Have you ever been served chicken soup or a clear broth when you were not feeling well? It is well known that broths and soups are very nourishing and easy to digest foods when we need to build ourselves back up again. Gelatin and glycine, two of the amino acids contained in bone broth, have been shown to reduce inflammation and protect against gastric ulcers, whilst glutamine helps maintain the integrity of the gut mucosa and intestinal barrier. We know that most of our immune system resides in our gut, so having a healthy gut lining is key to healthy immunity. And let’s face it, there is nothing like a hot delicious soup when we are feeling under the weather.
Bone broth is an anti-stress food
The gelatin in bone broth is devoid of tryptophan, an amino acid found in muscle meats. Many of the inflammatory and anti-ageing effects of eating too many muscle meats is down to their content of tryptophan, cysteine, methionine and histidine. Whilst I do believe that including some good quality animal meats is part of a health-promoting diet, too much muscle meat consumption can exacerbate inflammation and stress in the body. Furthermore, glycine is molecularly similar in structure to our neurotransmitter GABA, known to produce a calming effect on the body. Glycine is an ‘inhibitory’ (as opposed to ‘excitatory’) neurotransmitter, which has a protective, anti-stress action.
Bone broth can aid sleep
Glycine has been shown to help improve sleep in people with insomnia. The mechanism of action may be due to its inhibitory effects discussed above, but another theory is that it helps by regulating our internal body clock in preparation for sleep. I often recommend my clients have a bedtime snack if struggling to sleep (you can read more about that here), and a cup of bone broth with some sea salt is a great night cap option to help you fall – and stay – asleep.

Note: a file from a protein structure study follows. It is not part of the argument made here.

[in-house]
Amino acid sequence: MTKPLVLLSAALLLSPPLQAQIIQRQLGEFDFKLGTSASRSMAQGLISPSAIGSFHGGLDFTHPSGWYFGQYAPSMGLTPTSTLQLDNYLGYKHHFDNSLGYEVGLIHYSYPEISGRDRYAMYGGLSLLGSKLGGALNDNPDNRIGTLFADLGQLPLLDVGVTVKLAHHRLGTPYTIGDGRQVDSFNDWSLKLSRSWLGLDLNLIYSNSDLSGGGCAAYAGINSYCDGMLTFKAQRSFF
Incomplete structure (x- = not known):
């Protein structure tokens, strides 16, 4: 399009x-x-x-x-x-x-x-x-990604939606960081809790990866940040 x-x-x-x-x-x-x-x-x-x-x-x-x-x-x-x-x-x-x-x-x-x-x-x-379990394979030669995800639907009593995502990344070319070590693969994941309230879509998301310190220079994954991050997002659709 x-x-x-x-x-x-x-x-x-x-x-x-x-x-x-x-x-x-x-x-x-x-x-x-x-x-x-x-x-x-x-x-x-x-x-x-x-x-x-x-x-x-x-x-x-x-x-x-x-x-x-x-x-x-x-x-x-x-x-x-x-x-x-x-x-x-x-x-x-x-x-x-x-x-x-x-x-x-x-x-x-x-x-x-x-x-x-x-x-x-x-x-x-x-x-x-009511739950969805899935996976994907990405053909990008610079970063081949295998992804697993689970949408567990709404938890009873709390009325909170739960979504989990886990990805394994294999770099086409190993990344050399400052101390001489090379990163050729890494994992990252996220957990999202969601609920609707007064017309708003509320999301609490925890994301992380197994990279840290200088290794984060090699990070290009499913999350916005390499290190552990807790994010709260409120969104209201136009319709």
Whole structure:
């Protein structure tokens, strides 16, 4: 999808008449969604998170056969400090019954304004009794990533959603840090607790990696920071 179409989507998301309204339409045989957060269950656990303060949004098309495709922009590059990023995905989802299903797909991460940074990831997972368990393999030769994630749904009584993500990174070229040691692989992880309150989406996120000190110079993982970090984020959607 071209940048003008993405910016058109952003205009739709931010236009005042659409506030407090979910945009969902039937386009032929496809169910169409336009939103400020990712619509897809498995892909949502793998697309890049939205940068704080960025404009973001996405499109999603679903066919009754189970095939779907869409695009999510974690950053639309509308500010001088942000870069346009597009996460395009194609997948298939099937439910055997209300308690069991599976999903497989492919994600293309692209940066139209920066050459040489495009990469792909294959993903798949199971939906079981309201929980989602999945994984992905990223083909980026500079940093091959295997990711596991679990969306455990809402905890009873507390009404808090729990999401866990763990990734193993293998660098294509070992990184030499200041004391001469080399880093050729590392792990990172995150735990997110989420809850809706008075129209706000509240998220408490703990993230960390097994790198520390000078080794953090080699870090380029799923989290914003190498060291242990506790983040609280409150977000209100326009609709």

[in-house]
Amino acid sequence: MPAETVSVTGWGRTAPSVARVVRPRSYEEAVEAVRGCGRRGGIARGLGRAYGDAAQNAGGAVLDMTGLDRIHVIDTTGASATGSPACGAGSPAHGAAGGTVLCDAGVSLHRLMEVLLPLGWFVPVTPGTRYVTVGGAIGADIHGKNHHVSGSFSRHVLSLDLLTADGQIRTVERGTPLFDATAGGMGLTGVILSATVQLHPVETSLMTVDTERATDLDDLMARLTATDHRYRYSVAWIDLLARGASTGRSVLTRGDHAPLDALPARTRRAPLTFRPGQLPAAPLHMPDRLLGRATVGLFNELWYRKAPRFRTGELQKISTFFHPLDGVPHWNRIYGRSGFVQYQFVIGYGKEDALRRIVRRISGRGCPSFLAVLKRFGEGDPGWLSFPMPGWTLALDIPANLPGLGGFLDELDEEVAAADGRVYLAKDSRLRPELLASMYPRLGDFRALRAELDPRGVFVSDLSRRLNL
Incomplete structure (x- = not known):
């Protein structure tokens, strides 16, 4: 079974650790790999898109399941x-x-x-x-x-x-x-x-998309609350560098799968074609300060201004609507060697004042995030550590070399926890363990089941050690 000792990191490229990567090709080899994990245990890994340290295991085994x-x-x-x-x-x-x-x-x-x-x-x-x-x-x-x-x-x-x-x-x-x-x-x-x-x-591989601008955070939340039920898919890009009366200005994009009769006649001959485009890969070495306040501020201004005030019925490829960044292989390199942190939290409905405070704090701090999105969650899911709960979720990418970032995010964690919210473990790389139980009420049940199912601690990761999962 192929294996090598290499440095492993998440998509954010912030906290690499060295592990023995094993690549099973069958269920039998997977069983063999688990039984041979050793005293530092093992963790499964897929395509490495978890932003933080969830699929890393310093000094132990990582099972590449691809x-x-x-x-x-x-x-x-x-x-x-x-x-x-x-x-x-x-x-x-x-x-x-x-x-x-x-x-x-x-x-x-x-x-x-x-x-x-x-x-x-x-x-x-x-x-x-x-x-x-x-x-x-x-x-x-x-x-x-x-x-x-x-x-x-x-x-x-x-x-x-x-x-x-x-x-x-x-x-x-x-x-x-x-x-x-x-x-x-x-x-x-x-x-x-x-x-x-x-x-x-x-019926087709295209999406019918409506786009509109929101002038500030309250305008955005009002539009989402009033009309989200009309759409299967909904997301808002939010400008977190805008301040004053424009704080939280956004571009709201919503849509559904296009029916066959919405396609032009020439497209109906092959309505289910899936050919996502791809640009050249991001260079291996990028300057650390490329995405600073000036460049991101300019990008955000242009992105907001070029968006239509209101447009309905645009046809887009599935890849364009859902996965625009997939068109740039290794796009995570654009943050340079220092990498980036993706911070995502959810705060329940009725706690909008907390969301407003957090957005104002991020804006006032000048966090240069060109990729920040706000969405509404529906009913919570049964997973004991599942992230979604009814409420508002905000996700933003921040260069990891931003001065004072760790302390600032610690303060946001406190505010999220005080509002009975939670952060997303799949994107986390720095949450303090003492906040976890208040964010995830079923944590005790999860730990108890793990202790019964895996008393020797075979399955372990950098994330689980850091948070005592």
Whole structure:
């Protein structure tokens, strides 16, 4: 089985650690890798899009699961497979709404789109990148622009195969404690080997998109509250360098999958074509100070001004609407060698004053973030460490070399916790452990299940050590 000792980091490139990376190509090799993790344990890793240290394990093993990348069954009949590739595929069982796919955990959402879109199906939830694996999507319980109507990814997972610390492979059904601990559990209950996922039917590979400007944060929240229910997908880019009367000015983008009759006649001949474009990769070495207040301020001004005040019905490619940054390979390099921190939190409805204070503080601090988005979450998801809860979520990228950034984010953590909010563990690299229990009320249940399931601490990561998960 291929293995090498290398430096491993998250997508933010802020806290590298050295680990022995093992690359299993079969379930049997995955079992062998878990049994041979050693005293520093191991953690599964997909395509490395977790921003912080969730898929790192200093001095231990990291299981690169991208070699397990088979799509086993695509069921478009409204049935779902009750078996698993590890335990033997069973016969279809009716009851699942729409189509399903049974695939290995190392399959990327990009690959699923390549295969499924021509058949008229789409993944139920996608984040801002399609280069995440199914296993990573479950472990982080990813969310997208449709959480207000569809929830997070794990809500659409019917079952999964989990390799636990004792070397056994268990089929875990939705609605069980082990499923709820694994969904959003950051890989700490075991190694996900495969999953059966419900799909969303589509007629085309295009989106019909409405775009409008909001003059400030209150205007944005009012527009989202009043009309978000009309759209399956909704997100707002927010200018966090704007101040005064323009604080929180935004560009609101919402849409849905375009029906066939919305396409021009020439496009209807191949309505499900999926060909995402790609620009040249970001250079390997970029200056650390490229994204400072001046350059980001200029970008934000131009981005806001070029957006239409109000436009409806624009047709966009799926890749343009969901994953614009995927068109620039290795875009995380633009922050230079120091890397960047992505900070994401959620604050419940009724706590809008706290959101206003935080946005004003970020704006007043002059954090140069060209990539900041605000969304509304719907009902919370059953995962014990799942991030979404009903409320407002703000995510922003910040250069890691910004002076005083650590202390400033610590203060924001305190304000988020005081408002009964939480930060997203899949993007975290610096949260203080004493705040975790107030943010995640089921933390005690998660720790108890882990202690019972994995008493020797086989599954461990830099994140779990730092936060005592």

Incorporating bone broth into the diet is simple: make a big batch of bone broth regularly and use it as a base for your soups, stews, sauces, or even to cook your grains in. You can also have a cup of bone broth with some sea salt throughout the day as a warming hot beverage. Are you sold on the wonders of bone broth yet? Let’s see how you can make it!
Simple bone broth recipe:
- 2-3 kgs of organic bones (choose from chicken carcass, chicken necks, chicken feet, oxtail). You can save up the bones from your meals (store them in the freezer) or ask your butcher.
- 4-6 liters of filtered water
- A splash of apple cider vinegar
- Carrot, onion and celery
Place all the ingredients in a heavy based stock pot and leave to sit for 15 minutes. Then slowly bring the water to a boil. You will notice some grey ‘scum’ appearing at the surface of the water; simply remove it with a large spoon and discards. Lower the heat to a rolling simmer, and cook for 2 hours (chicken) or 4 hours (other meats). Discard the bones and vegetables, allow the broth to cool. Once cooled, you may notice a layer of fat solidified at the top of your broth. This can be easily removed and discarded when hardened. Transfer your cooled broth to kilner jars (leaving an inch at the top if freezing, to avoid the jars exploding in the freezer once the broth expands). Your broth will last about 4 days in the fridge and longer in the freezer. Enjoy!
Do you incorporate broth into your daily diet? If you do, get in touch and let me know what health benefits you have observed. If you are struggling with any of the issues mentioned above and would like some more tailored support, click here to book a free call and let’s chat about how some simple diet and lifestyle changes can help you flourish.